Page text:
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It is said, that you can’t manage if you can’t measure effects of your actions. Organizations all over the world are looking for the ideal question / measure, that will allow to gauge and predict customer loyalty.

The result is a specific “arms race” that leads to a new question. Which metric and question is the best one? To find an answer we compared three different frameworks – CSAT, NPS, CES.

Customer Satisfaction Score (CSAT)

Longest in use but also most often criticized measure; mostly for a week customer loyalty prediction possibilities.

How satisfied were you with your recent product? or How would you rate your overall satisfaction with the service you received?

very dissatisfied 1 – 2 – 3 – 4 – 5 very satisfied
very dissatisfied 1 – 2 – 3 – 4 – 5 – 6 – 7 very satisfied

Organizations use different questions and scales to measure customer satisfaction. The most popular are 5 and 7-point Likert scales. The bigger CSAT value the better.

Satisfaction management doesn’t finish on simple measures. A common and good practice is to automatically direct each customer that scores service on level 3 (level 4 for 7 points scale) or lower to quality assurance team or proper manager.

CSAT is most often used to measure customer satisfaction from the level of service. It can be also used to monitor impact of changes in training and procedures on customer satisfaction.

Net Promoter Score (NPS)

NPS metric have been introduced in 2003 (in the HBR article), as an alternative to CSAT that can serve as a better measure and predictor of customer loyalty.

How likely would you be to recommend our company to a friend or colleague?

very unlikely 0 – 1 – 2 – 3 – 4 – 5 very likely
very unlikely 0 – 1 – 2 – 3 – 4 – 5 – 6 – 7 – 8 – 9 – 10 very likely

NPS = %Promoters – %Detractors

The higher is metric value the better.

Customer Effort Score (CES)

Introduced by Corporate Executive Board (HBR, 2010), as an alternative to NPS. It has been based on the assumption that the key to customer loyalty is answering his basic needs in the most convenient (for the customer) way.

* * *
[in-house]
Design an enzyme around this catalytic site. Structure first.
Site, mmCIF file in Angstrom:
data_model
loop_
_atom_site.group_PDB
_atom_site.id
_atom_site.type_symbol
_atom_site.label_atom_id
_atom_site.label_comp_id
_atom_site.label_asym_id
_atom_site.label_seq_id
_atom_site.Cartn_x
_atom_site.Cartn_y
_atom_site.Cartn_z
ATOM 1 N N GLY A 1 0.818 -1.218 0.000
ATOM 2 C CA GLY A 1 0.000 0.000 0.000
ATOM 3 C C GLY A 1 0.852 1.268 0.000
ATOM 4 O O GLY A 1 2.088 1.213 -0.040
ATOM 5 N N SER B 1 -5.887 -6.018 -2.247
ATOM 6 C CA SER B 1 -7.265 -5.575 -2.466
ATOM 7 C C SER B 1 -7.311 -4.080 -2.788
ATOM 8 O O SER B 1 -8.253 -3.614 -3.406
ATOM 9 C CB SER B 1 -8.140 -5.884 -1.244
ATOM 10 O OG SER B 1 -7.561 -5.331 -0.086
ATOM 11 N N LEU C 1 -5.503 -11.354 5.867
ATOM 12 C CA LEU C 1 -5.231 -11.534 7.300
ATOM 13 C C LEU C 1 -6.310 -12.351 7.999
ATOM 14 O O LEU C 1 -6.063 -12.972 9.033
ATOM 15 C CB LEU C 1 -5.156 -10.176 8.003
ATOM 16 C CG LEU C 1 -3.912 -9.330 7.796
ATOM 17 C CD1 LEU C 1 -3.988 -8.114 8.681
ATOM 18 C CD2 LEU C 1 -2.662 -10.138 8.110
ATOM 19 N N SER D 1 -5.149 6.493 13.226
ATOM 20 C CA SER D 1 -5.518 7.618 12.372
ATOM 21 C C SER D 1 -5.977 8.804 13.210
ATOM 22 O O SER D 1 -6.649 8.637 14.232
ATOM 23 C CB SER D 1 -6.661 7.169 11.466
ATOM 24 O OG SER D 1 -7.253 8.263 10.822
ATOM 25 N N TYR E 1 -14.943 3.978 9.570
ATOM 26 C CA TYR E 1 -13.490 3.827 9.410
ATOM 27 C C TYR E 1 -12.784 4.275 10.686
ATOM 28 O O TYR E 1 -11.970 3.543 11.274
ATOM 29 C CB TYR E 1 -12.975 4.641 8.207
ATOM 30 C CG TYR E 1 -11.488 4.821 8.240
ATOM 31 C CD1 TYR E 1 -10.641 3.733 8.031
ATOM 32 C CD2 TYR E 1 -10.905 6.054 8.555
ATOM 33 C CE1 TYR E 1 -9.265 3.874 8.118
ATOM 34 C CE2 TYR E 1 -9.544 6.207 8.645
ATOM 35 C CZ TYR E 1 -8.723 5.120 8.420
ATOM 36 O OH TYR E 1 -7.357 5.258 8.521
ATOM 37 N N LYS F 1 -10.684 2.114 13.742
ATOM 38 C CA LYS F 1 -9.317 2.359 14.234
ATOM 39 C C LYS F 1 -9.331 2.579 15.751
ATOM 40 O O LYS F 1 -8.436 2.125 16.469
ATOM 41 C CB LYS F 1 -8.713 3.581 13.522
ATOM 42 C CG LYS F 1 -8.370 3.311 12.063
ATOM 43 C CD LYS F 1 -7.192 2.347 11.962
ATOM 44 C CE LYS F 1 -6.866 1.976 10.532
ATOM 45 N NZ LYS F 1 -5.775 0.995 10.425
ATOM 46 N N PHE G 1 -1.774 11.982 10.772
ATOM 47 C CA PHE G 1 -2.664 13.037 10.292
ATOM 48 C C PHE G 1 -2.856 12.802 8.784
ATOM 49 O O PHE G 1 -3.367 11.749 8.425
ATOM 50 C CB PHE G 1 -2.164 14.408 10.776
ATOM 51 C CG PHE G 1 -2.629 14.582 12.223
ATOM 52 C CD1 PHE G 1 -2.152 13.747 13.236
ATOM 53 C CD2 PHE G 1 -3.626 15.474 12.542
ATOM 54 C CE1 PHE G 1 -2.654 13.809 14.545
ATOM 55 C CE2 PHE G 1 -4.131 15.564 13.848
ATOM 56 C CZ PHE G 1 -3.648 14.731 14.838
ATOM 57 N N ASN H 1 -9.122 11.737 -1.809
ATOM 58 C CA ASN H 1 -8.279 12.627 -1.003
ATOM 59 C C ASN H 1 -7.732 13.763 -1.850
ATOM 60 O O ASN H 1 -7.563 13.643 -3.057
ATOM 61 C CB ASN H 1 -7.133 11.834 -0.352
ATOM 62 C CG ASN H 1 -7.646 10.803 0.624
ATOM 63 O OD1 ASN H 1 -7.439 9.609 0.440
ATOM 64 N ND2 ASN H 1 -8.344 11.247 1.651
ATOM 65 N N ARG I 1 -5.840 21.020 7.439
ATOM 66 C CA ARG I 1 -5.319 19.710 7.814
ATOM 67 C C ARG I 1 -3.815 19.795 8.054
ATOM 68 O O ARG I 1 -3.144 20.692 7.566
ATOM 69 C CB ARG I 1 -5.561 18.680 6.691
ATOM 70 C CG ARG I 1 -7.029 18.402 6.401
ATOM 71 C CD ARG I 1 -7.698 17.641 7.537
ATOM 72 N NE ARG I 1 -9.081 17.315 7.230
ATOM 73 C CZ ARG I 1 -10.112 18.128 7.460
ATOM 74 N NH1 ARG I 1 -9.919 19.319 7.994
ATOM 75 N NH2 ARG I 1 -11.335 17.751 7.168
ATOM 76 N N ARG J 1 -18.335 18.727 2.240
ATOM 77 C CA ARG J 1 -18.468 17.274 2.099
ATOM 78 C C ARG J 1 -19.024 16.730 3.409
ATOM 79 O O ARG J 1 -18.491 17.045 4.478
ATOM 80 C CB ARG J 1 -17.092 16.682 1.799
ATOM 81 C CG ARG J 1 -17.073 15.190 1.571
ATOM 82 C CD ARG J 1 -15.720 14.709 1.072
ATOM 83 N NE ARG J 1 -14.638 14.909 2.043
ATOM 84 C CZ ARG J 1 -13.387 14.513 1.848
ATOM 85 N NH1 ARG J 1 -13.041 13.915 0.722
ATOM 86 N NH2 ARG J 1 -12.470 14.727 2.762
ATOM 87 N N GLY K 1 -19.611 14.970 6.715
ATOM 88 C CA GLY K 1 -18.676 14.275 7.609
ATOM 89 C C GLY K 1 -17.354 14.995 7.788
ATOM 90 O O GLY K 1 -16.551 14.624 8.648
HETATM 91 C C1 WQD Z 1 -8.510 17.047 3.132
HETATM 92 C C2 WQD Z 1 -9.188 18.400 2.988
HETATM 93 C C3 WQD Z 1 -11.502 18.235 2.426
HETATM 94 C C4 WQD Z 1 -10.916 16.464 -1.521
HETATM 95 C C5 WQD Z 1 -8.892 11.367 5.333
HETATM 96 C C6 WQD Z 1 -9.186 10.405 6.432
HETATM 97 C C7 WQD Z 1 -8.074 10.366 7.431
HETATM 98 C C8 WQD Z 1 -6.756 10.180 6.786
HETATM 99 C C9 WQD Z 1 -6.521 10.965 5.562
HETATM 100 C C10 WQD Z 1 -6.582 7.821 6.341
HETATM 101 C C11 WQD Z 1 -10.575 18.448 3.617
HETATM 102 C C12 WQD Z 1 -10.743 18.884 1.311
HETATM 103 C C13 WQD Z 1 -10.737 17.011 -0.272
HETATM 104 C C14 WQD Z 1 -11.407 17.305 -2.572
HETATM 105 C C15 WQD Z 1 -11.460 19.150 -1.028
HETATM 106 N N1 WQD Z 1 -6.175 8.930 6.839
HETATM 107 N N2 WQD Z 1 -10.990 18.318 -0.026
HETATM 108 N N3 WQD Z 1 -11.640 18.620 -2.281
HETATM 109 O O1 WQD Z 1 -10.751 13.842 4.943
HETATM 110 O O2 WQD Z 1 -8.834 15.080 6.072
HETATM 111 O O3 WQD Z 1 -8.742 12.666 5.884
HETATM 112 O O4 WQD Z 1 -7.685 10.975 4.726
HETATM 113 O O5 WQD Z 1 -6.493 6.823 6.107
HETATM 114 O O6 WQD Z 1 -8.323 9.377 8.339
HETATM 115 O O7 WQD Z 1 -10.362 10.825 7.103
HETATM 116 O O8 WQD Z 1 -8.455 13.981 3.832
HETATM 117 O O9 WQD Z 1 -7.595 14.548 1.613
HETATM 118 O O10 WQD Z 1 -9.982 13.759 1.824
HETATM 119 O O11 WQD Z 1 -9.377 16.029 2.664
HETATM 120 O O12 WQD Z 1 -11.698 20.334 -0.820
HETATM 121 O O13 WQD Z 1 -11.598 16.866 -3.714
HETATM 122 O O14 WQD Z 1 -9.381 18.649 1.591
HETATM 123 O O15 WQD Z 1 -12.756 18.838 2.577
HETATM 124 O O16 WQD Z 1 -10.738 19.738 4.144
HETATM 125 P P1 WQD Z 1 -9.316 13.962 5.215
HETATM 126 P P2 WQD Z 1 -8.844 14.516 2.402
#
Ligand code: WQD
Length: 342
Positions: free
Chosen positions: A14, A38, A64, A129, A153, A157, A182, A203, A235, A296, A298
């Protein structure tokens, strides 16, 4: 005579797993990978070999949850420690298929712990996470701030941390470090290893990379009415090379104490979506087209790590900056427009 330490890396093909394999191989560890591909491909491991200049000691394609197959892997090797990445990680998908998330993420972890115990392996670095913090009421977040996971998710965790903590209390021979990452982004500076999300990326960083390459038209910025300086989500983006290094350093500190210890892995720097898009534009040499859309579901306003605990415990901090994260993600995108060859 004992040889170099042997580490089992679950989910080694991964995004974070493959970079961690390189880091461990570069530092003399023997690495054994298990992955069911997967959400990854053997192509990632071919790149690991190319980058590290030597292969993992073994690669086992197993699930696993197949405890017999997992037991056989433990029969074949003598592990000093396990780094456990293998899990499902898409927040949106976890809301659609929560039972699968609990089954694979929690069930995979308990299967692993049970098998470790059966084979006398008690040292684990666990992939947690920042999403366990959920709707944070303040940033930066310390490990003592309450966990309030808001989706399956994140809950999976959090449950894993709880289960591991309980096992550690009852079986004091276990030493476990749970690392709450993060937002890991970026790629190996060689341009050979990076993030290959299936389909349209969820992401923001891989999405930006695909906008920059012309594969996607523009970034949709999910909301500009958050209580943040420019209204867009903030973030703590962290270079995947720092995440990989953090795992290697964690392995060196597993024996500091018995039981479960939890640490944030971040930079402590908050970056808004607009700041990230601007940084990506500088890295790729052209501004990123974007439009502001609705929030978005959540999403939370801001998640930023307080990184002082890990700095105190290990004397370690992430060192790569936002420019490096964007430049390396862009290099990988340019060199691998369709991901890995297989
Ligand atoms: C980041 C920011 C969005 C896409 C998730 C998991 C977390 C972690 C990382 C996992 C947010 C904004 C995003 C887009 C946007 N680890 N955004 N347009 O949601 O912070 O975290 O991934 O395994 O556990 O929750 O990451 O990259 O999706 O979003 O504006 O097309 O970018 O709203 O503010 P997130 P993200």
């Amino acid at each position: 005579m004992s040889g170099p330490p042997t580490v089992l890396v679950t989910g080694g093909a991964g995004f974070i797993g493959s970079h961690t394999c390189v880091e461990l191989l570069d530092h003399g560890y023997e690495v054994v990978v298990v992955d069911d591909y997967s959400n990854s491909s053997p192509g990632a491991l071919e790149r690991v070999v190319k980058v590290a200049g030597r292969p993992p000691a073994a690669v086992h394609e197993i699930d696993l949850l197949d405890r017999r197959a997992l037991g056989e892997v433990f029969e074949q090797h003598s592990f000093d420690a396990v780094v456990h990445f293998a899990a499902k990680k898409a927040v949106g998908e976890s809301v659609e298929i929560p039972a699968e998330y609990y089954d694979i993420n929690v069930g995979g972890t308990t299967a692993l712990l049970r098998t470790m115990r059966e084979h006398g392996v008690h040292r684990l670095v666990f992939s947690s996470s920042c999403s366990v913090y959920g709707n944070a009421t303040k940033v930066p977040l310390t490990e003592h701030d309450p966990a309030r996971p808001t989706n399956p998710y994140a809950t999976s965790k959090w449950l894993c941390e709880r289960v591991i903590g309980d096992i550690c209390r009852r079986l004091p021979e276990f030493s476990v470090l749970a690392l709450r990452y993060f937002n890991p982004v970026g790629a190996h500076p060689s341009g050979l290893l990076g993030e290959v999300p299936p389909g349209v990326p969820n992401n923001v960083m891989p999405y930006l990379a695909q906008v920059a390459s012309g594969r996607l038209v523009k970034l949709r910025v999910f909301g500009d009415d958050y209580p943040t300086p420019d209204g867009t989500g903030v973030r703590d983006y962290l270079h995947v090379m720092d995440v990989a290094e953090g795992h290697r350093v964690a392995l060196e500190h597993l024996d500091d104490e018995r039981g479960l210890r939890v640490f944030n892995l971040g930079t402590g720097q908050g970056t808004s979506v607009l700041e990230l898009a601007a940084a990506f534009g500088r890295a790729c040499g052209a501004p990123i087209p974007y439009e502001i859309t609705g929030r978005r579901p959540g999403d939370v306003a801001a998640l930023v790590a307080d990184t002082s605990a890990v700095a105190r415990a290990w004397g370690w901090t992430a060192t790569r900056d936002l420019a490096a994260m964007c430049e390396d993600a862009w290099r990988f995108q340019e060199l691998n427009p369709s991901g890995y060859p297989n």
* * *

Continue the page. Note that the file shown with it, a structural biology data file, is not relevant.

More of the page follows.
How much effort did you personally have to put forth to handle your request?

very low effort 1 – 2 – 3 – 4 – 5 very high effort

CES = total sum of scores / number of scores. CES values come between 1-5, the lower metric value the better.

So which metric we should choose?

The answer to this kind of question is not that simple. Each metric can work and prove valuable in certain situations.

Scale usually Likert scale
(1-5 or 1-7)
numeric scale
(0-10 or 0-5)
numeric scale
Question several questions single question single question
Main advantage ability to measure satisfaction in multiple touchpoints ability to identify customer expectations and service level ability to measure customer effort
Main disadvantage week customer loyalty indicator difficult to compare between industries and cultures lack of ability to measure other aspects of customer experience than direct interaction with a company
When to use to understand customer satisfaction in different touchpoints to measure customer experience on the organizational level to measure customer experience and effort on the transactional level


  • Stop trying to delight your customers, July 2010, Matthew Dixon, Karen Freeman, and Nicholas Toman
  • The One Number You Need to Grow, December 2003, Frederick F. Reichheld

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